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The sun shone on all of our courses over the past week and it was great to see so many new as well as familiar faces back at Ketteringham. We had a packed Veg Patch day with a good look at crop rotation and successional sowing as well as what you could be planting and harvesting each month of the year. There was lots to do on the Summer Pruning course, with reversion to be removed from variegated shrubs, pruning of early summer flowering shrubs and expert deadheading of roses to be demonstrated. Finally, we had another lovely Peony & Dahlia Day with glorious Norfolk flowers from English Peonies. It wasn’t just about arranging the flowers – everyone went away having learned how to propagate, plant, nurture and cut these wonderful flowers, as well as something of their place in history.
Courses in September are now filling up, and we are particularly pleased to be running the Certificate in Practical Horticulture on both Wednesdays and Saturdays from mid-September. This is an excellent, highly practical 10-week course which has had great reviews from the first course which started in January and will finish in early August after a lockdown hiatus. We had a mix of interested amateur gardeners, professional gardeners looking for a a qualification and people keen to change their career and get into gardening. All of them have found the course really useful as well as very enjoyable. There are still a few places available on both days if you would like to join us.
Similarly, the very popular Introduction to Garden Design is filling up. It is an 8-week course for which you do not need to have any experience or even any creative skill, just an enthusiasm for learning about garden design, whether for your own garden or for clients.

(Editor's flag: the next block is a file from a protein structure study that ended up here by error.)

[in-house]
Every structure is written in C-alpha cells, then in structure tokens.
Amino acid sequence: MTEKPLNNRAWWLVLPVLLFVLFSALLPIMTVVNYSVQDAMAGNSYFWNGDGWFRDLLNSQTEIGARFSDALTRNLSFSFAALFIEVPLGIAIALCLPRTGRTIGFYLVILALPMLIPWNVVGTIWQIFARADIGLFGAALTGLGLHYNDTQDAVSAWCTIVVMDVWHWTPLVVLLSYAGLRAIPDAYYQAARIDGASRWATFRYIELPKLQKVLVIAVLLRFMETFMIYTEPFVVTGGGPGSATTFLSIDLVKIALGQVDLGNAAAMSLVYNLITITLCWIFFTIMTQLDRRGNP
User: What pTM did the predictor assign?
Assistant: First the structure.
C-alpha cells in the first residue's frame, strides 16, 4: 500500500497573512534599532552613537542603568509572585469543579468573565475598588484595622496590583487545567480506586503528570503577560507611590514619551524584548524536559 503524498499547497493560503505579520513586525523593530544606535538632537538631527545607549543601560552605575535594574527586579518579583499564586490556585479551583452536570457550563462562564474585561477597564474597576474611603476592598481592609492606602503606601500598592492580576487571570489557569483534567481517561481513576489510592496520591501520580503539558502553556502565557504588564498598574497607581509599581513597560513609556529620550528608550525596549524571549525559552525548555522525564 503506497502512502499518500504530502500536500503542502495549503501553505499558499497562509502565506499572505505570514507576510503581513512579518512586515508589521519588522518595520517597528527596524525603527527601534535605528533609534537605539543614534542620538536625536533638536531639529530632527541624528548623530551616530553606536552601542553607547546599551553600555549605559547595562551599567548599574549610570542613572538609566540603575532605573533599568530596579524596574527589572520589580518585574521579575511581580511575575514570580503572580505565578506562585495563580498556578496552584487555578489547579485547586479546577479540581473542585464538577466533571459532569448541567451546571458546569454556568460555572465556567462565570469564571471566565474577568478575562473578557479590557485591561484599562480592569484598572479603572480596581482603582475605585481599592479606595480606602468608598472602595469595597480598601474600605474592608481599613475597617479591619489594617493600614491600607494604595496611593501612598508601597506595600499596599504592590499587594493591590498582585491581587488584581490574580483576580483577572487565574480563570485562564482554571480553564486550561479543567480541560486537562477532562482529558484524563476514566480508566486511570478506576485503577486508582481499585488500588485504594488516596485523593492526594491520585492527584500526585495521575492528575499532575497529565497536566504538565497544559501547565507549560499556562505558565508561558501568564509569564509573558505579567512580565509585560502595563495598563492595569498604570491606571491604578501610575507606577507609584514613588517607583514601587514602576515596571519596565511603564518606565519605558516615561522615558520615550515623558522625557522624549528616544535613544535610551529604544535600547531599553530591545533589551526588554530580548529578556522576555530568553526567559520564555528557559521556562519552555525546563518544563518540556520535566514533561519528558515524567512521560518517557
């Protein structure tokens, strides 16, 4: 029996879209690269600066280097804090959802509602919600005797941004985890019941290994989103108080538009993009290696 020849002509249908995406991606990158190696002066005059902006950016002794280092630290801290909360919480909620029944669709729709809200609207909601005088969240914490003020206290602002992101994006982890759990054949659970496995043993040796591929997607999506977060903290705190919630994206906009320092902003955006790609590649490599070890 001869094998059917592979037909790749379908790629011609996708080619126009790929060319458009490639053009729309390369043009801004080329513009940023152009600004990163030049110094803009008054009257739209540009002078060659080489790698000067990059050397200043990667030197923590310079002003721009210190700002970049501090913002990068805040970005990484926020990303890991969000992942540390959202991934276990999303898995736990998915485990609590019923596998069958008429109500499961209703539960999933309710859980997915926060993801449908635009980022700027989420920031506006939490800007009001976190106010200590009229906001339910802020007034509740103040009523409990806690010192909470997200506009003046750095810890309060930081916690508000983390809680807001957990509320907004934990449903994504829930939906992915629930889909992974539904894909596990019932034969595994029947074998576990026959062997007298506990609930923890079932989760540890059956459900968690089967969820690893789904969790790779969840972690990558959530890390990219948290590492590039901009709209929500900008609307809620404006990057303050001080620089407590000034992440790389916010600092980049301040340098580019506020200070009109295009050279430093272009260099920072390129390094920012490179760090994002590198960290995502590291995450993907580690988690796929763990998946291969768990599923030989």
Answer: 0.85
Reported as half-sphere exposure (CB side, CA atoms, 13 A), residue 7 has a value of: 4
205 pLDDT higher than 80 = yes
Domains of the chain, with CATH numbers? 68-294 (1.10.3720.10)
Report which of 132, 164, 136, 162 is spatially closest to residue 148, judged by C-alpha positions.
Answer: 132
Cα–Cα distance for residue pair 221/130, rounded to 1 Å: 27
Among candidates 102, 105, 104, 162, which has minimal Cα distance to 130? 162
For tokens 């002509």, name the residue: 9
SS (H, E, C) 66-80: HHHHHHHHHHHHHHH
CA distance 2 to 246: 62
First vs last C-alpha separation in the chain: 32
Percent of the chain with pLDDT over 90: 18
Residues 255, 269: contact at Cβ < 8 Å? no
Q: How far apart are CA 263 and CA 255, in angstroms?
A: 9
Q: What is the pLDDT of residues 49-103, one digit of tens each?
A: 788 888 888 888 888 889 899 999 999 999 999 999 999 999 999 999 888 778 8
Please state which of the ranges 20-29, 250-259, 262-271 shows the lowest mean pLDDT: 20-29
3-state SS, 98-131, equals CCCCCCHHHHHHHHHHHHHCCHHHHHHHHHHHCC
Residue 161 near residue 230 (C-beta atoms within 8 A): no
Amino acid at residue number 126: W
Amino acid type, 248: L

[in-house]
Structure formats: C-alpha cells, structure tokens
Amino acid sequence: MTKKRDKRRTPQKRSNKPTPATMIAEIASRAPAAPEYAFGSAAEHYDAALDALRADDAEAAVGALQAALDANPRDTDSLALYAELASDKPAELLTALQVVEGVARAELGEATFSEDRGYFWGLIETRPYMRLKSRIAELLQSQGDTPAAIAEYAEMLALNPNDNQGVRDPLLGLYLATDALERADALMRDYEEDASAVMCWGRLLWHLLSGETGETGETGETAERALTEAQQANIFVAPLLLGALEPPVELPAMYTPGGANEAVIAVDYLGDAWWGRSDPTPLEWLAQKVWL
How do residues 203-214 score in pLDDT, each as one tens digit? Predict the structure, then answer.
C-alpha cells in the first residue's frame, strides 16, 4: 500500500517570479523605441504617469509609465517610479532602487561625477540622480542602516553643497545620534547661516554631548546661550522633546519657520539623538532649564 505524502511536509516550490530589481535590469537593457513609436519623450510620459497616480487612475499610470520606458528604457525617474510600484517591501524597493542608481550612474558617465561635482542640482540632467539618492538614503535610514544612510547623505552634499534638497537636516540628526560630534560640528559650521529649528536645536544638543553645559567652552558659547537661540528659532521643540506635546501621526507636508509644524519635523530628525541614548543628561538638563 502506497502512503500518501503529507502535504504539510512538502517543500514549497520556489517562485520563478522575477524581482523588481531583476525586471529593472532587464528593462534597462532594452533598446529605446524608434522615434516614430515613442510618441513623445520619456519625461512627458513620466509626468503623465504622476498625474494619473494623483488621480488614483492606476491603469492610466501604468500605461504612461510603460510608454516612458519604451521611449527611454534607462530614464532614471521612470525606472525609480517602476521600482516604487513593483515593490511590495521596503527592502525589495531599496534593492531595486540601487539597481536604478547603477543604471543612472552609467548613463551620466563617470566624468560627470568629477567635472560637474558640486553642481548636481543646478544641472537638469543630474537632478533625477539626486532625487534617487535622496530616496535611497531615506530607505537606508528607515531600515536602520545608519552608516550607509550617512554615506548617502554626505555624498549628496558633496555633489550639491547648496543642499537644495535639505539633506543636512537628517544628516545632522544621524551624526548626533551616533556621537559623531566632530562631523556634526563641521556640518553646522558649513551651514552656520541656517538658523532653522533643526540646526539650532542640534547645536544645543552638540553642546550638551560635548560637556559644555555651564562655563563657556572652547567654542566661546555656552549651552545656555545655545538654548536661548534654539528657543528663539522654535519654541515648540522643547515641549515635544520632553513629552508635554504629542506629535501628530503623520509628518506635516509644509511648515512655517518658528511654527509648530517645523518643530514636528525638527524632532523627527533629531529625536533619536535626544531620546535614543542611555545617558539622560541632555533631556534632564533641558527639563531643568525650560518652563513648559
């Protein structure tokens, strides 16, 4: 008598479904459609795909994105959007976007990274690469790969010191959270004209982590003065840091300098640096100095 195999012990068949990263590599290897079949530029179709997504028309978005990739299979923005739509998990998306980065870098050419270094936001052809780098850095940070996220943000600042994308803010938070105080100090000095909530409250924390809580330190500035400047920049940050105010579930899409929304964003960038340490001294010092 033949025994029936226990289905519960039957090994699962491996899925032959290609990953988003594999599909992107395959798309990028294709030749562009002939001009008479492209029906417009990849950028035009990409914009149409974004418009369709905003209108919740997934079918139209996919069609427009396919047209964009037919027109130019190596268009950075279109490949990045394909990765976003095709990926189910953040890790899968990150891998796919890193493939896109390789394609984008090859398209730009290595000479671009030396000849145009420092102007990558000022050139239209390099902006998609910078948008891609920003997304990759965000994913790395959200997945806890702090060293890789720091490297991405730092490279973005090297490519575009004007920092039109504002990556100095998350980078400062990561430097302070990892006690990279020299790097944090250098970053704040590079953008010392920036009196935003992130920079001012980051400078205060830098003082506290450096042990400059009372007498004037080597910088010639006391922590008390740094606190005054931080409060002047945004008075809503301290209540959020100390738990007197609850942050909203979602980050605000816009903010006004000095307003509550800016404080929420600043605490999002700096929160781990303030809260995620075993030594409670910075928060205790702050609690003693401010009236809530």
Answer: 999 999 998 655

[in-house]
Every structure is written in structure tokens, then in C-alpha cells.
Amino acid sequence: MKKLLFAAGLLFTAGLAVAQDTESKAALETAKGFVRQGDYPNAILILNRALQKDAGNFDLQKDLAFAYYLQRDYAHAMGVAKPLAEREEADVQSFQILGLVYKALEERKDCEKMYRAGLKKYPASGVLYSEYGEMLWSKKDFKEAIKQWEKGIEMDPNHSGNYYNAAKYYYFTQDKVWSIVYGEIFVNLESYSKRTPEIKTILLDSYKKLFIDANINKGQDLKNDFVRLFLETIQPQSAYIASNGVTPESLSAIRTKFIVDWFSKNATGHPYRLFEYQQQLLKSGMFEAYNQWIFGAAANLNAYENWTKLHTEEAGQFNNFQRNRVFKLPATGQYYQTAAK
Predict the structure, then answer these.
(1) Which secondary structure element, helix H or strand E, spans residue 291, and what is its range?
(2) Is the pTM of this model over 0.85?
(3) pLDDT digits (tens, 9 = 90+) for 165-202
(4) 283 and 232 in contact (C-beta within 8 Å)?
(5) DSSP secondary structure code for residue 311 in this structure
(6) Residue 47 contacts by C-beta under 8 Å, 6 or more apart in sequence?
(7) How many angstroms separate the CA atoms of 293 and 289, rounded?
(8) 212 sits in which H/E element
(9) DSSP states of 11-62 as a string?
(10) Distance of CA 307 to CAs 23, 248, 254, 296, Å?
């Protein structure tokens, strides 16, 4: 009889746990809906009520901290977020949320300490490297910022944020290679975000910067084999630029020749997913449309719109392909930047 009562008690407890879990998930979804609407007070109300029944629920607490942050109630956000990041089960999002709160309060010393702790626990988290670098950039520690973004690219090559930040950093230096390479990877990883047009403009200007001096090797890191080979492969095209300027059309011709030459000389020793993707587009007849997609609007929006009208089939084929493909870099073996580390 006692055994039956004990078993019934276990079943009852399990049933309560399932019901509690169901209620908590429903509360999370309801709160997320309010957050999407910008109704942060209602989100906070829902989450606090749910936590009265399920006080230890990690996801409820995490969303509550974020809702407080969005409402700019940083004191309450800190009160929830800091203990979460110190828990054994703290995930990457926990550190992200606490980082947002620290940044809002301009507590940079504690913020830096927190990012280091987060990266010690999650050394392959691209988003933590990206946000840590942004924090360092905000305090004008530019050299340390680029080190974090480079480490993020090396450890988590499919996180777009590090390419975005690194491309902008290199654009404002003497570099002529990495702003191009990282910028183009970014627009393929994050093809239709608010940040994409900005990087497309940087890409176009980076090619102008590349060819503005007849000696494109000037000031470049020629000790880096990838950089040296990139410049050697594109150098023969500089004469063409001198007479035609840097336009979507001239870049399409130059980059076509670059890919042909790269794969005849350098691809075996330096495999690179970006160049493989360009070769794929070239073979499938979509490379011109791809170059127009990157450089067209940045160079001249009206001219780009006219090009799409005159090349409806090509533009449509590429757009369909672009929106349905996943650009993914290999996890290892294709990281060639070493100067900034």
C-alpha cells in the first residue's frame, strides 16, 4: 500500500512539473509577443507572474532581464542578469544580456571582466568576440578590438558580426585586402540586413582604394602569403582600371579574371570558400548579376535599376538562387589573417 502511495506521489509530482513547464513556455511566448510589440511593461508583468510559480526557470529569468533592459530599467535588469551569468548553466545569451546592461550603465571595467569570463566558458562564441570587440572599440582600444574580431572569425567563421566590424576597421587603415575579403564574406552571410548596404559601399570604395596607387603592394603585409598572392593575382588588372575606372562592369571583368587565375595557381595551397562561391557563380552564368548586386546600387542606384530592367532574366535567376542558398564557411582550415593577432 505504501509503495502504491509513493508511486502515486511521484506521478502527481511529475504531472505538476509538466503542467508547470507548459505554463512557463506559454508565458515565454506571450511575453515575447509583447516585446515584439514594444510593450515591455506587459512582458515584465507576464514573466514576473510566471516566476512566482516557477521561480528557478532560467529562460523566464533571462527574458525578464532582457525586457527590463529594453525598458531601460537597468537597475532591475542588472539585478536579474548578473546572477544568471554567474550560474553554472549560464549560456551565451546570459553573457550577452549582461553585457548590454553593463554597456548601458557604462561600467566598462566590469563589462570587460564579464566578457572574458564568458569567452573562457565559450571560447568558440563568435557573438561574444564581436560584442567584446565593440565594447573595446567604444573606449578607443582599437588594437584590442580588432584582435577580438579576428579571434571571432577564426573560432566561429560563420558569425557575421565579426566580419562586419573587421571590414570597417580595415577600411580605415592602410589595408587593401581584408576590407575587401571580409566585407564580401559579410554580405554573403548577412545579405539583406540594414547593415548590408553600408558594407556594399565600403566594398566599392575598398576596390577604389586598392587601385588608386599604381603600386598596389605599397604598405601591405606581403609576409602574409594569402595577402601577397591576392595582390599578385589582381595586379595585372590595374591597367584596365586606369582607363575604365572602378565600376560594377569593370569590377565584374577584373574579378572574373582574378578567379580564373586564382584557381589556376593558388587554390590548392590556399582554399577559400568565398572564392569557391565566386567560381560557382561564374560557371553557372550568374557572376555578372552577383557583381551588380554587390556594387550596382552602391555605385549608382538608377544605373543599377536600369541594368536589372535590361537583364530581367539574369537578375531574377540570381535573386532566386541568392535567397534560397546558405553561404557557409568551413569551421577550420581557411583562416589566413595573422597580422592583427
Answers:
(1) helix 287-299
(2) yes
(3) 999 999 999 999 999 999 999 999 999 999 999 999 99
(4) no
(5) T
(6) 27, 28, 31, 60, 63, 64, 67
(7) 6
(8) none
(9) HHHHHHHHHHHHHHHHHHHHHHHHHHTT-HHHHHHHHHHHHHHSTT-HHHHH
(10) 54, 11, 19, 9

In the Walled Garden we have been harvesting potatoes, lettuce and kohl rabi and taking lots of semi-ripe cuttings from perennials and shrubs. The greenhouse had begun to empty out but is now filling up again as the cuttings line up on the benches. We have also cut a new border against the south-west wall which we plan to plant over the coming weeks and months using many of the plants we have propagated ourselves. We will undoubtedly be taking cuttings from them to produce more plants on courses over the next year.
Upcoming courses with availability:
Lawn Care & Maintenance 2nd September
What Needs Doing Now 8th September
Introduction to Garden Design (8 week course) 10th September
Composting Made Simple 11th September
The Cutting Garden 15th September
Certificate in Practical Horticulture (10 week course) 16th and 19th September
Botanical and Textural Print Making (6 week course) 28th September
Plant of the Week
Desmodium elegans is a deciduous sub-shrub with trifoliolate leaves and panicles or racemes of small rosy-pink pea-flowers in late summer and autumn. It is part of the Fabaceae (pea) family and grows well in most soils though in colder areas it may require protection from frosts and cold drying winds. The plant was discovered in the Himalayas in 1879 and the name comes from the Greek desmos, a band or chin which refers to the jointed seed pods.